Have you heard the story of Kaldi the goat herder and his frolicking herd? The famous Ethiopian legend tells the story of Kaldi who noticed how excited his sheep became after eating fruit from a certain tree. Curious, Kaldi tried the fruit. Soon he was bursting with energy. After watching the odd behavior of Kaldi and his herd, a monk took some of this strange cherry fruit back to his monastery where monks spent the night awake and alert. Kaldi is often credited as the first person to discover coffee.
Second only to oil, coffee is the most valuable legally traded commodity in the world. People pay top dollar for quality coffee beans. Part of what makes a good coffee bean depends largely on how it is grown and harvested. Coffee buyers have lofty expectations for Ethiopian coffee, after all, the country has been harvesting coffee for centuries.
text-align: left;Southwest Ethiopia
Our partners at Limmu Coffee Farm — the largest modern coffee plantation in Ethiopia — grow coffee in the southwestern highlands of Ethiopia near the town of Jimma. More than 75 percent of the coffee is grown under the shade of trees. The remaining area is comprised of infrastructure and preserved forest. Rainforest Alliance and Utz —two prominent international certifiers —have recognized Limmu Farm for its environmental growing practices. More than 100 native and leguminous shade trees are planted per hectare of land. That’s well above our shade grown certification requirements.
The Farm is green in more ways than one. Limmu Farm practices micro-basin rainwater harvesting, applies organic compost fertilization, uses mechanical eco-pulpers and solar driers, and invests in hiring staff. But the farm wasn’t always sustainable.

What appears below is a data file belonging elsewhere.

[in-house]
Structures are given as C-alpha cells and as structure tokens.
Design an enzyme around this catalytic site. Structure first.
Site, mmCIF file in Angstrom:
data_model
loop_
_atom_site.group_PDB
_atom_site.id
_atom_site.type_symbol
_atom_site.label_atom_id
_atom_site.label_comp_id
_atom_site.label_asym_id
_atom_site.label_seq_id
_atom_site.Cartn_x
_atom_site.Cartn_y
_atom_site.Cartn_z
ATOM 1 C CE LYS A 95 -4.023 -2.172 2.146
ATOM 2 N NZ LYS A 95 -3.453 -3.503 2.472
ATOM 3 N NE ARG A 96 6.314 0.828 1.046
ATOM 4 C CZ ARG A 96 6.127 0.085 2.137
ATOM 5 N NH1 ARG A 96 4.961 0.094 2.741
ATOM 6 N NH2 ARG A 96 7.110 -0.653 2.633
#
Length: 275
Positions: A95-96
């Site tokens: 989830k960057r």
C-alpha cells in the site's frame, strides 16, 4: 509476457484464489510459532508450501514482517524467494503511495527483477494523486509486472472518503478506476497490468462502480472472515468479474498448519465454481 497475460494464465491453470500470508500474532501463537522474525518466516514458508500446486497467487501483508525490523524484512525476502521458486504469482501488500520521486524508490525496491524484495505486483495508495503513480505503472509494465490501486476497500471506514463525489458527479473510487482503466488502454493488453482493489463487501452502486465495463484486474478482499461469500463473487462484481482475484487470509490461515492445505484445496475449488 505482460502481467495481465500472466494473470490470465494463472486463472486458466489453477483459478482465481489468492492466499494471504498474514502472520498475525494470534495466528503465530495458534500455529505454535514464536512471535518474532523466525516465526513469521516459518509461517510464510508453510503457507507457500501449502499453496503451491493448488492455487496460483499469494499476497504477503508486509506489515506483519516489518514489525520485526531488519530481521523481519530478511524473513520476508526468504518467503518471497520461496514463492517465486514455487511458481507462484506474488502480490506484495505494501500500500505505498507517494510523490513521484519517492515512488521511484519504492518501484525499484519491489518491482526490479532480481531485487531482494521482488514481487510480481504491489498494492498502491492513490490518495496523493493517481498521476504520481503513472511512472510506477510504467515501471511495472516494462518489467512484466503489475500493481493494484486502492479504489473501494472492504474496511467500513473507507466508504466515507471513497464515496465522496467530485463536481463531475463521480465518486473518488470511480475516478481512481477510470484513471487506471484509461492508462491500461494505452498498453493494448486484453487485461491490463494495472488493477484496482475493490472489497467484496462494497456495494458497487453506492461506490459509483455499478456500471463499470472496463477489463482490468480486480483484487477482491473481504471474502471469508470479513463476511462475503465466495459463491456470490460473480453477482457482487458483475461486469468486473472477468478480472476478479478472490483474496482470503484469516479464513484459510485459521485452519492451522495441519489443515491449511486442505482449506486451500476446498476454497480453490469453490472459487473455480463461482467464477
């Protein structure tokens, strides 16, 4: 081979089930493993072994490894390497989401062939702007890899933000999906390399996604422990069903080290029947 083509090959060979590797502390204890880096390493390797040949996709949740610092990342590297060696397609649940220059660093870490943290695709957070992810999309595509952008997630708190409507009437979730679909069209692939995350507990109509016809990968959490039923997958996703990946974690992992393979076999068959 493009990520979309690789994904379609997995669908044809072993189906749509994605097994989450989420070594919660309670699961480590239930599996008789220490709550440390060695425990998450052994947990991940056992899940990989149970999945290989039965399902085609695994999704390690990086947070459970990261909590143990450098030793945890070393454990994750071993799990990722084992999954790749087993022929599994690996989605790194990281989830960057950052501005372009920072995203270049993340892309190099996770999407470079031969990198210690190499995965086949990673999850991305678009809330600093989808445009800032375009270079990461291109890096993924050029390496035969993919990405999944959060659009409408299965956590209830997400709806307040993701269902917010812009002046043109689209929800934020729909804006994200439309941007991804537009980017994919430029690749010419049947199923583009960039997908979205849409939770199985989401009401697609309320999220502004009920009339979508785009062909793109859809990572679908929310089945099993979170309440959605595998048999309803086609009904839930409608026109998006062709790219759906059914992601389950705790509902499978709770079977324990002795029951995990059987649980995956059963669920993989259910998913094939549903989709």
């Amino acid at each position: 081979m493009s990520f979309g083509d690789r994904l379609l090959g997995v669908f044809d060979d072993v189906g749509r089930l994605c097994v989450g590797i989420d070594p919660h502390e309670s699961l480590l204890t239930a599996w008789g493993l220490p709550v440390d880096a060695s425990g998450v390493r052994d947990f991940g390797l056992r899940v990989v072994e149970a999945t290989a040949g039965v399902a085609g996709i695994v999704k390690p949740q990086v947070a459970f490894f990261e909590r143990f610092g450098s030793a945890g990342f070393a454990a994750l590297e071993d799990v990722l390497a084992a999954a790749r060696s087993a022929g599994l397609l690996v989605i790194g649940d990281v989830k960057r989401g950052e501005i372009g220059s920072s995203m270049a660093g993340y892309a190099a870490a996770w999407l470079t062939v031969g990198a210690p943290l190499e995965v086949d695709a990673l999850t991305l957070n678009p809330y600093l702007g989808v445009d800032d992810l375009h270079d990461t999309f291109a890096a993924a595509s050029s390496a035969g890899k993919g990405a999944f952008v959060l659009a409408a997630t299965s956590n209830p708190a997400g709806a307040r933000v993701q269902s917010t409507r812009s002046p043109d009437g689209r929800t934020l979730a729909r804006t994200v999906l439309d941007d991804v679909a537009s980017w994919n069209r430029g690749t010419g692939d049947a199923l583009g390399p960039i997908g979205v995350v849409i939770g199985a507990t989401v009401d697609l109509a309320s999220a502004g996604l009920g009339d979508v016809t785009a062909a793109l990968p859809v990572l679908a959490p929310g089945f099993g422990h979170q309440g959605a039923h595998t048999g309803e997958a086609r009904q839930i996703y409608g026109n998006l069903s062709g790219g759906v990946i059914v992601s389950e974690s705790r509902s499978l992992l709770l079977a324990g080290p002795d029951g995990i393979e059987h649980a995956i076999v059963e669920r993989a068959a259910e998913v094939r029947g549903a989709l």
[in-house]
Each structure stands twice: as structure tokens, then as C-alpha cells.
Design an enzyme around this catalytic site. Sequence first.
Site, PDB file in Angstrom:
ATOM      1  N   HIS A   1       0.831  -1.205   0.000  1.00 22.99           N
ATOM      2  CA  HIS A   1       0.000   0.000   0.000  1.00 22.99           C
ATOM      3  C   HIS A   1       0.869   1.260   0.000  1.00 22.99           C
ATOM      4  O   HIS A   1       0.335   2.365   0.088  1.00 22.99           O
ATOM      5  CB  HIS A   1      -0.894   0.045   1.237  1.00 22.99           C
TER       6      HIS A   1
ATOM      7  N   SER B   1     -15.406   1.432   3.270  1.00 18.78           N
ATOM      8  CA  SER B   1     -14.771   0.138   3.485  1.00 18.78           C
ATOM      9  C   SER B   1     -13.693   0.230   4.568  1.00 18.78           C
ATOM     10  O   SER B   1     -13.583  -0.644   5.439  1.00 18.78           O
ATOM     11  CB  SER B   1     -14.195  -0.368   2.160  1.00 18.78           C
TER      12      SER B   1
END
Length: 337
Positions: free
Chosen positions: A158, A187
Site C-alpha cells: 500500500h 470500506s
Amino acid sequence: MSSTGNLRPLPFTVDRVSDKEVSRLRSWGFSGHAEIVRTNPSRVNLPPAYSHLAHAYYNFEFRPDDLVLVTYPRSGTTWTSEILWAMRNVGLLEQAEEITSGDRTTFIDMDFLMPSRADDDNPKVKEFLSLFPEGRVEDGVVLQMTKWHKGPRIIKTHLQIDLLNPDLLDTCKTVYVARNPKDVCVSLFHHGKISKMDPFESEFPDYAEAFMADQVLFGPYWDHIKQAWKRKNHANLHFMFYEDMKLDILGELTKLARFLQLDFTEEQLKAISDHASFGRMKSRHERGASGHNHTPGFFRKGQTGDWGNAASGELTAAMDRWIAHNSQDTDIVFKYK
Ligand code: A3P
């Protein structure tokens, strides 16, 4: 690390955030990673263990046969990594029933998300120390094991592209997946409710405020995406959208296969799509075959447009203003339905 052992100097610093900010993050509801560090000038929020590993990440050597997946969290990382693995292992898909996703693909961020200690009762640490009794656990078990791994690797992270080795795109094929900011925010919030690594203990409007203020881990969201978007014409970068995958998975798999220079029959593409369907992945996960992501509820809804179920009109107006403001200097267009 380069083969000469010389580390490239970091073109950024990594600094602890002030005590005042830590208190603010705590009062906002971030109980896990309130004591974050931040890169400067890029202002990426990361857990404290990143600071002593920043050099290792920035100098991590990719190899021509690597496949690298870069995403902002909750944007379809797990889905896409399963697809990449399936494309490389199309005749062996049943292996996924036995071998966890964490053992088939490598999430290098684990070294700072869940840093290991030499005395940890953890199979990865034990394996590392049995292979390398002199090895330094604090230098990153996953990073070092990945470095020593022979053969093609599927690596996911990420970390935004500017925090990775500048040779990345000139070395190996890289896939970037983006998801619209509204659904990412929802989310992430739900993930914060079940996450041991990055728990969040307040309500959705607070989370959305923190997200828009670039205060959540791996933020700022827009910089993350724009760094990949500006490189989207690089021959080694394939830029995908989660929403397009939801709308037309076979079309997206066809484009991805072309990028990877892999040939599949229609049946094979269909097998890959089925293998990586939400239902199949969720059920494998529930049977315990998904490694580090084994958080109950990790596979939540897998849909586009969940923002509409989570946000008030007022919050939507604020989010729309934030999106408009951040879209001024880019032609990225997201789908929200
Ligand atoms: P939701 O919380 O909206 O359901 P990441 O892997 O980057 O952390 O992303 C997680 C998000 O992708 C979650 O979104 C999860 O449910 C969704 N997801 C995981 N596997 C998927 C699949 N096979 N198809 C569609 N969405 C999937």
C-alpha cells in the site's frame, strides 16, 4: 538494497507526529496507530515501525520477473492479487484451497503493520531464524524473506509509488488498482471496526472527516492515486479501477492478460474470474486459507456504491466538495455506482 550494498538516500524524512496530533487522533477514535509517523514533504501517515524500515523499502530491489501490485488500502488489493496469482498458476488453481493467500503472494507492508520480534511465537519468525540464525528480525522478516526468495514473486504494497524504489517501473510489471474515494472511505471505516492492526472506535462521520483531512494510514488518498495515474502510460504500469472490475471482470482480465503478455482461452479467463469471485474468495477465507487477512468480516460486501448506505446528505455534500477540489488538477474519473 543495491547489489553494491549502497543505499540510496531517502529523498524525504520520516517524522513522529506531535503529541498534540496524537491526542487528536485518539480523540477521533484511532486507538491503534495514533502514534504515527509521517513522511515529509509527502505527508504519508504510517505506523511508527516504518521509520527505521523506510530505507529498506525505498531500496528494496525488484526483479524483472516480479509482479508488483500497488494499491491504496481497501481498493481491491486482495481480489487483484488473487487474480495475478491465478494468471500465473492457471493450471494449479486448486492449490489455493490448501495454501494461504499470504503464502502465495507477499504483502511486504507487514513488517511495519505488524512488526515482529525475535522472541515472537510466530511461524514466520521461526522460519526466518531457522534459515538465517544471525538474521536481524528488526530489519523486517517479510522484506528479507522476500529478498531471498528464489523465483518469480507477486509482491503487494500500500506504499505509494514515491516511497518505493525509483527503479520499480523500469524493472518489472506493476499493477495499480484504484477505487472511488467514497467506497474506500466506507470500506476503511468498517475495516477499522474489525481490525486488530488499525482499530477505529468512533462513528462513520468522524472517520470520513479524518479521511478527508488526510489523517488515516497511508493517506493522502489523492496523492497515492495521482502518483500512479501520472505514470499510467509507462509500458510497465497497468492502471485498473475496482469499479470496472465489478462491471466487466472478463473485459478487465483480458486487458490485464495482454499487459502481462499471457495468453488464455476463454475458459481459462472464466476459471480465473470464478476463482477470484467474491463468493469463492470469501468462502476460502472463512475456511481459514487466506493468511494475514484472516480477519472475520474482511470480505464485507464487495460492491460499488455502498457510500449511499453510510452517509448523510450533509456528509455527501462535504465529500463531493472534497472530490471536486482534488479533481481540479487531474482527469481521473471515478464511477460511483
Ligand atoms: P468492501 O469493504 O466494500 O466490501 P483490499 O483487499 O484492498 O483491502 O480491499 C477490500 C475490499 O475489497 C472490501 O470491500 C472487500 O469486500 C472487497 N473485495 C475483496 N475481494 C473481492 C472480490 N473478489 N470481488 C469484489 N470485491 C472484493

Limmu Farm was once owned by the Ethiopian government with the intent of improving economic infrastructure in western Ethiopia. However, farm operations were poorly managed. The farm consumed more water than necessary, which led to wastewater pollution. The lack of technological agricultural support from the government resulted in low crop yields and poor coffee plants. Additionally, deforestation was popular in the area. These factors contributed to the Jimma region developing a reputation for bad coffee. It was so bad that Jimma 5 became a trade term for bad coffee in Ethiopia.
Fortunately, in 2014 the farm was bought from the government and transformed. New management has renovated the coffee fields with resistant coffee plant varieties. They’ve also invested in adding health facilities, schools, new roads, and funded a sports team to benefit the local community. The farm provides permanent jobs to nearly 3,000 people. During peak times, as many as 20,000 people work on the farm and depend on it for their livelihood.
Since becoming privately owned and implementing green practices, the farm has improved the quality of life to the local community, economically and environmentally. Crop yields have increased, wastewater pollution has been reduced, and the quality of the coffee has significantly improved, becoming one of the most sought-after coffee flavors in the world.
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